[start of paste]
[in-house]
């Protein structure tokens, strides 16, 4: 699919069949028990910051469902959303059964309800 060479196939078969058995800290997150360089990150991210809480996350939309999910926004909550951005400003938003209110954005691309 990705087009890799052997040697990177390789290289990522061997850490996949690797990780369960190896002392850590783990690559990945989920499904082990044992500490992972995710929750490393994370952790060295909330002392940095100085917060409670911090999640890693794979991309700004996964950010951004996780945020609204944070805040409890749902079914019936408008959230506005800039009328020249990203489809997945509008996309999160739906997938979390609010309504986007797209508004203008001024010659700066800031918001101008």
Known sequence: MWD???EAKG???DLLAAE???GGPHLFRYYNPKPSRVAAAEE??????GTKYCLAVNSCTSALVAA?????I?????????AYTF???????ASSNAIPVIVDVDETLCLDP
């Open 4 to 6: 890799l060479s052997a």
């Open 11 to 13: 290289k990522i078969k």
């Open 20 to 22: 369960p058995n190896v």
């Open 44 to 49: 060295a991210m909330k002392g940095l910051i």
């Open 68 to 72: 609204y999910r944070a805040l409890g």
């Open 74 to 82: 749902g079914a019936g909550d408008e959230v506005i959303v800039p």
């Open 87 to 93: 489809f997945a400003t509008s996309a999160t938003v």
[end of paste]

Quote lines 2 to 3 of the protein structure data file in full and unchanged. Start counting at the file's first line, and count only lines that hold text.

């Protein structure tokens, strides 16, 4: 699919069949028990910051469902959303059964309800 060479196939078969058995800290997150360089990150991210809480996350939309999910926004909550951005400003938003209110954005691309 990705087009890799052997040697990177390789290289990522061997850490996949690797990780369960190896002392850590783990690559990945989920499904082990044992500490992972995710929750490393994370952790060295909330002392940095100085917060409670911090999640890693794979991309700004996964950010951004996780945020609204944070805040409890749902079914019936408008959230506005800039009328020249990203489809997945509008996309999160739906997938979390609010309504986007797209508004203008001024010659700066800031918001101008």
Known sequence: MWD???EAKG???DLLAAE???GGPHLFRYYNPKPSRVAAAEE??????GTKYCLAVNSCTSALVAA?????I?????????AYTF???????ASSNAIPVIVDVDETLCLDP